Superheated Giant Planets Mostly Call Young Stars Home

A common type of planet (that our Solar System is surprisingly lacking), hot Jupiters don’t last long in their close-in orbits.

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Our Solar System is missing one of the most common types of planets in the universe: Hot Jupiters.

As the name suggests, these gas giants are much like our Jupiter in the outer Solar System but, instead, orbit daringly close to their host stars. In fact, hot Jupiters circle so closely that the star’s heat inflates the planet’s atmosphere to several times its original size while roaring winds rush from the scorching dayside to the cooler nightside of the planet at thousands of miles an hour.

And, according to a new study, hot Jupiters are much more common around younger stars — partially because they don’t live long enough to orbit older ones. The result could shed light on how these hot, fluffy, and extraordinarily common gas giants form. Nanjing University astronomer Di-Chang Chen and his colleagues published their work in the journal Proceedings of the National Academy of Science.

Picture released 04 October 2006 by the European Space Agency shows an artist's impression of a Jupiter-sized planet passing in front of its parent star.

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Scorching Hot Statistics

Chen and his team recently compared 383 giant planets orbiting stars similar to our Sun. Some 193 of those gas giants orbited close enough to count as hot Jupiters (in other words, a planet at least the size of Jupiter makes a full lap around its star in ten days or less). The researchers calculated the ages of each planet’s host star, and while gas giants show up around stars of all ages, hot Jupiters, in particular, prefer younger stars.

Stars with hot Jupiters are about 2 billion years younger than stars with… well, regular Jupiters. And the odds of finding a hot Jupiter drop dramatically as the star gets older. Those numbers reflect a brutal fact of life for planets that choose the hot Jupiter path, as many of them eventually fall into their stars when their orbits decay.

“Due to tidal decay, some hot Jupiters may inject into the Roche limit within stellar lifetimes and get tidally disrupted,” the researchers write. The Roche limit is the closest an object can get to a star without being ripped apart by its tidal forces. “Such a process could naturally result in a declining frequency of hot Jupiters as a function of age, like the observed trend found in our work.”

In other words, older stars that once had a hot Jupiter may already have eaten their offspring.

But the team’s findings also show why some star systems have gas giants in weird places. Whether hot Jupiters form close to their stars or migrate from farther out, Chen’s team suggests that they have to form early or migrate early. Otherwise, we would see more hot Jupiters around older stars than we do.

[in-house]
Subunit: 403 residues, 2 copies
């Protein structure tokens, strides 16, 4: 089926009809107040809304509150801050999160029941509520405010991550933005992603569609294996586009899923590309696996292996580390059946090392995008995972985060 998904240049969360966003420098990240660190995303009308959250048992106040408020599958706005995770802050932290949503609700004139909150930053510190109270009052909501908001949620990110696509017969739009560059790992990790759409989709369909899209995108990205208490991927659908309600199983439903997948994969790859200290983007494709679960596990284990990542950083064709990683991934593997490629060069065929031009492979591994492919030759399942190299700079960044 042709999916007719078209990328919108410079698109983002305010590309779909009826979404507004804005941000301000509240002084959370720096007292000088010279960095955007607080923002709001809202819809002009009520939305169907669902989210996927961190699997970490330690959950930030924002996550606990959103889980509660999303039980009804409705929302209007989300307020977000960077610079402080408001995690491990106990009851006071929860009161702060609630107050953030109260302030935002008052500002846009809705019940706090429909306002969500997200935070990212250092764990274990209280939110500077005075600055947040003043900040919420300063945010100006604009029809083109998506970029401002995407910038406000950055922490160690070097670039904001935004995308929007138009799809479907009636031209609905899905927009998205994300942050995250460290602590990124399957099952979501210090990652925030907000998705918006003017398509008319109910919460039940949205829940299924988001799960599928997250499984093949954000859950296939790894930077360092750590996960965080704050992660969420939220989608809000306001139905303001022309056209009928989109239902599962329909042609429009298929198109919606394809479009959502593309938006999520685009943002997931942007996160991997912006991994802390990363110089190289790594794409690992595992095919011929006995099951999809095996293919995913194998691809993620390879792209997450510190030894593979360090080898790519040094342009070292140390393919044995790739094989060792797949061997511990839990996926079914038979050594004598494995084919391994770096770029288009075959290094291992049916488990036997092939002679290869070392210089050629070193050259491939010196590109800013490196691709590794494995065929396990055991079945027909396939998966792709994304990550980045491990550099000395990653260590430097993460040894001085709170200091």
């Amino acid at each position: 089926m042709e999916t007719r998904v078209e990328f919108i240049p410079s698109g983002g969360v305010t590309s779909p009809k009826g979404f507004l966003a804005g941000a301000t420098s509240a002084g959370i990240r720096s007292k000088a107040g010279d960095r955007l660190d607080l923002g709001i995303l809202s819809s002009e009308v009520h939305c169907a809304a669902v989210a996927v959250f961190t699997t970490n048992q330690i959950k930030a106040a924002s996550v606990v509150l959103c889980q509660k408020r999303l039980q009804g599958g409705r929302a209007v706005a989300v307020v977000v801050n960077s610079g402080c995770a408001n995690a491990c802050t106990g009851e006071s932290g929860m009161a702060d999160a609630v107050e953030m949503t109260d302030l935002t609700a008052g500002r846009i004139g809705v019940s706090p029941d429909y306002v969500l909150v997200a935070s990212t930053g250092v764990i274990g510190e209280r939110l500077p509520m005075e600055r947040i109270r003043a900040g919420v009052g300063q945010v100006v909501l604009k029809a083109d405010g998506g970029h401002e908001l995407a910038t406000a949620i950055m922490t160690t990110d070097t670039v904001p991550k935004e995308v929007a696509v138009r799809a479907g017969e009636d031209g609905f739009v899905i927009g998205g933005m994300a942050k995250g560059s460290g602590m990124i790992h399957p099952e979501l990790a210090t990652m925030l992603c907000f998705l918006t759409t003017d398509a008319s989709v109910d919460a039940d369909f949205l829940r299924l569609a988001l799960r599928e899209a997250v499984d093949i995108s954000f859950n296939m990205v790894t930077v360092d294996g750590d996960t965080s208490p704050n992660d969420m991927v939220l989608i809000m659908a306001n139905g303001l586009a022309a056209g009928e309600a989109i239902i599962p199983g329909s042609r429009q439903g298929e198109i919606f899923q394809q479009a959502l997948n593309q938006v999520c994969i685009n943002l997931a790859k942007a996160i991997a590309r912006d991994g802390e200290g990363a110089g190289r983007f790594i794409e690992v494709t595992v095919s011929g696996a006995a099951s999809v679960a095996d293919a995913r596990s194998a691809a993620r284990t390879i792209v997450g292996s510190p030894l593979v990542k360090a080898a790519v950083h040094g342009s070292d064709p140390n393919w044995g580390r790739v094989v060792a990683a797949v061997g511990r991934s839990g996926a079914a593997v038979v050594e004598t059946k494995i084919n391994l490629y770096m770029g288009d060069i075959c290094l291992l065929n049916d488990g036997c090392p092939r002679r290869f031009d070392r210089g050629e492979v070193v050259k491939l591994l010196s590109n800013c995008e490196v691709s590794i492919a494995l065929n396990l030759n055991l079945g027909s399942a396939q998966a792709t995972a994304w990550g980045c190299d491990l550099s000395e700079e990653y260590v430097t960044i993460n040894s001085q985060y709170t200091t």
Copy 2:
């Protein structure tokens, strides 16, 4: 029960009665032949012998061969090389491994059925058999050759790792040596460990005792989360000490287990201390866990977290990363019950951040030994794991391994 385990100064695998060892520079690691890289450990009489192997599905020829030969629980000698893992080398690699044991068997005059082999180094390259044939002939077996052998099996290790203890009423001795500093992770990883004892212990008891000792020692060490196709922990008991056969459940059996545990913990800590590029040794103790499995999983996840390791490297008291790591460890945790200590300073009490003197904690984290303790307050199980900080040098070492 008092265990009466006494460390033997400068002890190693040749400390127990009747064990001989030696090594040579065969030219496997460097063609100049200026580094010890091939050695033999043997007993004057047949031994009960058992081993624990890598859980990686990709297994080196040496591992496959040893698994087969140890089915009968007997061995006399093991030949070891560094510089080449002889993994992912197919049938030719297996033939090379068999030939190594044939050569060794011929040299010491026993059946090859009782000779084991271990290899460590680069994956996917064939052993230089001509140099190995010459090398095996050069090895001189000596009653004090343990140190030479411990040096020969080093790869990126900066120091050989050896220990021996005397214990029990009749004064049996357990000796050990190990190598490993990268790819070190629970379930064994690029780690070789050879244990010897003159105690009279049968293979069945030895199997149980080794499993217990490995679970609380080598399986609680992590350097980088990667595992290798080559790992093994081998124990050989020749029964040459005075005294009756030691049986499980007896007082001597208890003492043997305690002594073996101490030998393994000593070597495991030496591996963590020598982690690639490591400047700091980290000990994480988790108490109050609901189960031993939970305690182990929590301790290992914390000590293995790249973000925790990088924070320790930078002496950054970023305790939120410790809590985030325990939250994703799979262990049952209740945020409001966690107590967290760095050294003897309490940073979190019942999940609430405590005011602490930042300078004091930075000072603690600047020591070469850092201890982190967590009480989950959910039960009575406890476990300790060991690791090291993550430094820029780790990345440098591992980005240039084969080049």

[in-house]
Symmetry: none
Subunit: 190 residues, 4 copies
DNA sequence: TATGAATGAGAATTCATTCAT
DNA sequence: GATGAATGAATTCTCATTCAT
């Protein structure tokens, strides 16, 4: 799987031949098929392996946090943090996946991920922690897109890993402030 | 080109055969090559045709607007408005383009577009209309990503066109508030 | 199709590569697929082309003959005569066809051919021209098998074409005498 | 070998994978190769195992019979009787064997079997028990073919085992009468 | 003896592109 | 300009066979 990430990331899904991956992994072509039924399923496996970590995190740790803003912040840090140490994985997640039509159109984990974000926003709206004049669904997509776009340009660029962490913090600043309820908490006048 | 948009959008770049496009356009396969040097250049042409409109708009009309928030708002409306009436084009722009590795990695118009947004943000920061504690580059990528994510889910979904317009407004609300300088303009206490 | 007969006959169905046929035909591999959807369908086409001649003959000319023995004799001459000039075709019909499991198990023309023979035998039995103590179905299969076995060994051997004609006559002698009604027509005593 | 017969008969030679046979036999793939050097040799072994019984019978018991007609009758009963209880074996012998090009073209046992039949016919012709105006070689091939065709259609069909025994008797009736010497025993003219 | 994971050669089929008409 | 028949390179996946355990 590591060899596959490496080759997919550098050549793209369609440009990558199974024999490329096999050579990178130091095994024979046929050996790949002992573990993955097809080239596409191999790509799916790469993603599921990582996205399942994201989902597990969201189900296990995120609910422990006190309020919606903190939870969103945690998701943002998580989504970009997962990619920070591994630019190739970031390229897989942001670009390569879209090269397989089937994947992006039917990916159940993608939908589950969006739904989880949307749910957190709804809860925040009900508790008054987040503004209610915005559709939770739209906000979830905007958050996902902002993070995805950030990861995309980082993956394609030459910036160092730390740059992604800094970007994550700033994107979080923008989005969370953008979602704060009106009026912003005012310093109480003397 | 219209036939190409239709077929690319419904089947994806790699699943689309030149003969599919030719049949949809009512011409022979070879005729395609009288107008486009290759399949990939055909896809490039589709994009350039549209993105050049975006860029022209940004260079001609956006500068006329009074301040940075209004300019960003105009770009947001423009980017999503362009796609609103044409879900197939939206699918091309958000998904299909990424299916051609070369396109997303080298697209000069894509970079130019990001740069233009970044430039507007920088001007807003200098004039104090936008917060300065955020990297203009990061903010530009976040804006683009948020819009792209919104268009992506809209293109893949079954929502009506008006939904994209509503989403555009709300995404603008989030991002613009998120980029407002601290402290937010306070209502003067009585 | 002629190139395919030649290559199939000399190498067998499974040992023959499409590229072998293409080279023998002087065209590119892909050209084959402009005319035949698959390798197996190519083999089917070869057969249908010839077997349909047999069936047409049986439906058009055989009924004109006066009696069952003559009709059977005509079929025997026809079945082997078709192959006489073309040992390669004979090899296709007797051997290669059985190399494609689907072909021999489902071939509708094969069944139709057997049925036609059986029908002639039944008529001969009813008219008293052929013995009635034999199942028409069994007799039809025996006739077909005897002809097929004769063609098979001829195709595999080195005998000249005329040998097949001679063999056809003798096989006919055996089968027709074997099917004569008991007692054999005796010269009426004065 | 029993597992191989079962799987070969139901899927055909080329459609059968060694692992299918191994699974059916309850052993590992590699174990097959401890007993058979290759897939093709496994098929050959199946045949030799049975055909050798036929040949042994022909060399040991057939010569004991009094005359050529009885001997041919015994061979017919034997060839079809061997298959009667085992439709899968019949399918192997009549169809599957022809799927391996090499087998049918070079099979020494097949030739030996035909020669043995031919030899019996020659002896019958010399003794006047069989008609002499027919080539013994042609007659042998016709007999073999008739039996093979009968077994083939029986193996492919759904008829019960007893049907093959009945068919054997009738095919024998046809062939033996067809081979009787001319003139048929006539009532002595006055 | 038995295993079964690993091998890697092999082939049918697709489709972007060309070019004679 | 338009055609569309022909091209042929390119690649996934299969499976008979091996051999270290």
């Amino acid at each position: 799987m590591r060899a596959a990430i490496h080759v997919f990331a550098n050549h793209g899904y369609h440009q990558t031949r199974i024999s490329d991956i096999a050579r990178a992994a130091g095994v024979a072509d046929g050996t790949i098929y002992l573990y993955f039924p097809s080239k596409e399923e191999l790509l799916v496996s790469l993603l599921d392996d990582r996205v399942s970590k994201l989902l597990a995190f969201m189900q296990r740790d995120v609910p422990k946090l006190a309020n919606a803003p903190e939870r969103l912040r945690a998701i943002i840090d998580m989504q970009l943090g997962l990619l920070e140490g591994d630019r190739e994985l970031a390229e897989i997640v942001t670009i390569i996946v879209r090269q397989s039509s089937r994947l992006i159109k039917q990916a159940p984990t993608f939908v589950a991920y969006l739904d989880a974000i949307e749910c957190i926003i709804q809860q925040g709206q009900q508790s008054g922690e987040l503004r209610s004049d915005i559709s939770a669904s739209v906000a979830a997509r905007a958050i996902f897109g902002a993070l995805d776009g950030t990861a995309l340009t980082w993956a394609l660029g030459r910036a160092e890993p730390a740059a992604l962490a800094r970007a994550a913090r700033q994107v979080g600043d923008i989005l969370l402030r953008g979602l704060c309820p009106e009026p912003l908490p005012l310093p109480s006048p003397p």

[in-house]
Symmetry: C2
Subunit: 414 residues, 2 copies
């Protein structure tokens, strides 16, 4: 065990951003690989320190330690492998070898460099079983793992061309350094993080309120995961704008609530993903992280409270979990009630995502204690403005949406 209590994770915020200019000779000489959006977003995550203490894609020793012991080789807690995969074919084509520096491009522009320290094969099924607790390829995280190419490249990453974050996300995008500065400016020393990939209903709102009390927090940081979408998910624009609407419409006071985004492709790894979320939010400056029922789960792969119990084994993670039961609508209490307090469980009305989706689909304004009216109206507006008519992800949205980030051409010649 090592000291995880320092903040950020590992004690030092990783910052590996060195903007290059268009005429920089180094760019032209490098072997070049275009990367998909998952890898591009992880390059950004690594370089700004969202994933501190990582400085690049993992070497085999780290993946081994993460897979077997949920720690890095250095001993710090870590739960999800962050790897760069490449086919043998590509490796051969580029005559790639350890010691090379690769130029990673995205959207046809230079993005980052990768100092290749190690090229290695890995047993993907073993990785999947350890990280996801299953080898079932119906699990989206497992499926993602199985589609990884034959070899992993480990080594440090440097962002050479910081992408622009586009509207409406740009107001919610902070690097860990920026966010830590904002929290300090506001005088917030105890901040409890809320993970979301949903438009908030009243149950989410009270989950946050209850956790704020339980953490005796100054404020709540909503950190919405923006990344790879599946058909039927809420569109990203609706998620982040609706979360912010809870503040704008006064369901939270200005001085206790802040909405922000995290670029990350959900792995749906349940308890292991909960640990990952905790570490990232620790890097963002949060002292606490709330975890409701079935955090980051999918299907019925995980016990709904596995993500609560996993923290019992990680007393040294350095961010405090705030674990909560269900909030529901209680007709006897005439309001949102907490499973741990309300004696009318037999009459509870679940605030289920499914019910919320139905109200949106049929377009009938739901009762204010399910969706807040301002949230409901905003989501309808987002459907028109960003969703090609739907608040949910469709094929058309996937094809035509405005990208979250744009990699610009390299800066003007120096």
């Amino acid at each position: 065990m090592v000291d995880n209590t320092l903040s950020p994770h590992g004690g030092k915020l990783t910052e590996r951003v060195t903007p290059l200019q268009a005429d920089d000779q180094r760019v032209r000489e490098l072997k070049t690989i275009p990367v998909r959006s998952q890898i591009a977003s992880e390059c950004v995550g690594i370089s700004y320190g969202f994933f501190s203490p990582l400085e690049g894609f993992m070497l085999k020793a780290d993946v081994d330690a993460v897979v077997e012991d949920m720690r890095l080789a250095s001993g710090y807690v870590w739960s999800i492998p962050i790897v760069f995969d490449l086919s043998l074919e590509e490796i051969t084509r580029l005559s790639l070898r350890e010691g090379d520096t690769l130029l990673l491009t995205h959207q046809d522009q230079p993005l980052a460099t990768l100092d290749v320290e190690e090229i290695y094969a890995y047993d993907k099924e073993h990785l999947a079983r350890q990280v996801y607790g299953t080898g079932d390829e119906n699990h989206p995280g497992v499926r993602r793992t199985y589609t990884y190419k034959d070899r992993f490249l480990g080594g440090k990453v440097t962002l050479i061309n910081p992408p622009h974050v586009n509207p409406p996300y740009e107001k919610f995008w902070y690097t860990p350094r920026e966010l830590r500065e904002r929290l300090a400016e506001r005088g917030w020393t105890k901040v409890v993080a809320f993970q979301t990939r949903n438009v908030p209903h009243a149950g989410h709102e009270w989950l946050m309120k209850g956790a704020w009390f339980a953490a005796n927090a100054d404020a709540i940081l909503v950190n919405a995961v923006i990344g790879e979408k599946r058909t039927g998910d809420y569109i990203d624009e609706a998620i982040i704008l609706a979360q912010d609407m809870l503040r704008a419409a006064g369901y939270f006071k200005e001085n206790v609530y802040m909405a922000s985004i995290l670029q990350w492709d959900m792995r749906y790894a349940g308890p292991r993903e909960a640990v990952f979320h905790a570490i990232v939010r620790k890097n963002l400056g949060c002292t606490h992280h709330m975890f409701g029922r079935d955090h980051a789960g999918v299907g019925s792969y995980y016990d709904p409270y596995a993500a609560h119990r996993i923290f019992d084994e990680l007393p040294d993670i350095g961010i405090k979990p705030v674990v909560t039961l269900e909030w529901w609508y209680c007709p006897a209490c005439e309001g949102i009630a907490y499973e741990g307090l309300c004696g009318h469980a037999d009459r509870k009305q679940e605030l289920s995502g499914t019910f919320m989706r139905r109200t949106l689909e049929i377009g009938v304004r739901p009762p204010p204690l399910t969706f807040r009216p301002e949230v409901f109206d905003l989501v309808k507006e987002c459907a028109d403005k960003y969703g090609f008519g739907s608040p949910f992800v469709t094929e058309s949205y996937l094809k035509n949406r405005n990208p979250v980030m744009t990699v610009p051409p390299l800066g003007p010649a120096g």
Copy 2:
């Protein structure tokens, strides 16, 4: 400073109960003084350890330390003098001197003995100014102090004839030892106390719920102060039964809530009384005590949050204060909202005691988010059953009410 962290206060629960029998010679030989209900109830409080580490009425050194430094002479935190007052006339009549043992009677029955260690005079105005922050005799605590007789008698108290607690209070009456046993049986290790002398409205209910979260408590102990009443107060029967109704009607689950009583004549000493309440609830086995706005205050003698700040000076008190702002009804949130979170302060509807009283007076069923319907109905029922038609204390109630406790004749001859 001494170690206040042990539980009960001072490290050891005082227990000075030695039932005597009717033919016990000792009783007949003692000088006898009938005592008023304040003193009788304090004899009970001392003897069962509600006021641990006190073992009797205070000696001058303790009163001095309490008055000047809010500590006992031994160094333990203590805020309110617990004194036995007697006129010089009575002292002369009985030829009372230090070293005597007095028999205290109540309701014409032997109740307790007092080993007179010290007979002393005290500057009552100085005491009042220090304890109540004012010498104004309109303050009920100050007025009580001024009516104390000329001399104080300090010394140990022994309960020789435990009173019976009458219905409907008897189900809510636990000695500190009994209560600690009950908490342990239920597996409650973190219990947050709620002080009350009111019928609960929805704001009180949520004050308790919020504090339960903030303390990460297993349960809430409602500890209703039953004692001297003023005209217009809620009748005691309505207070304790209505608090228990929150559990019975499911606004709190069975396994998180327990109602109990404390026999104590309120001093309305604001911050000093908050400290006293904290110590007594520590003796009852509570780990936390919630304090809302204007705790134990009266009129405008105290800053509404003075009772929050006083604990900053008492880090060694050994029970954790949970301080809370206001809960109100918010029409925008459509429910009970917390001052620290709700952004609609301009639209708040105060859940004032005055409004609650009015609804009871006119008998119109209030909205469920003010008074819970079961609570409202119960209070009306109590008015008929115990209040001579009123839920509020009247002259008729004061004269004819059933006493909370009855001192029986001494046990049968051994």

This new study provides theorists with one more way to test models of how planets form.

This pair of images released 04 October 2006 by the European Space Agency shows two images of one-half of the Hubble Space Telescope field of view. The green circles in the top image identify nine stars that are orbited by planets with periods of a few days: hot Jupiters.

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How to Install a Gas Giant

Scientists aren’t sure (yet) why so many gas giants end up so close to their stars, but they’ve narrowed down a few possible explanations, using examples like WASP-39b or 51 Pegasi b.

The simplest version is that when gas giants coalesce out of a star’s protoplanetary disk, sometimes they just form very close to the star — but it’s not always so simple. Some other hot Jupiters may start their lives as regular Jupiters looming in the outer reaches of their star systems, but gravitational pushes and pulls from other planets — or even currents in the gas around a newborn star — shift the planet’s orbit inward.

This new study says that for either of those things to happen, the gas giants would have to form within the first ten million years of the star’s life. Otherwise, the disk of gas around the star is either eaten up by planets or blown away by stellar wind. In other words, the gas has to be there, whether it’s providing material for the growing gas giant or providing the cosmic current that steers one closer to its star. Both of those scenarios help explain why hot Jupiters would form around younger stars rather than older ones.

However, there is a third hypothesis that explains how hot Jupiters orbit their stars, but data from this study appears to disprove it. This version of the story suggests that instead of pushing the gas giant inward, gravitational nudges pull the planet into an orbit that looks like a long, lopsided oval, with one end much closer to the star than the other. The star’s gravity tugs at the passing planet with every lap it makes, and eventually, the gas giant ends up caught in a narrow orbit around its star.

But if that’s the case, then hot Jupiters could settle into their scorchingly close orbits at any time, meaning we should see about the same number of hot Jupiters around stars of all ages — but we don’t. Chen and colleagues plan to use their data to test some specific models of planet formation, which they plan to publish in an upcoming paper.

Building a star system is a complicated business, but the emerging story of hot Jupiters appears to prove at least one popular maxim true — the bigger they are, the harder they (eventually) fall.

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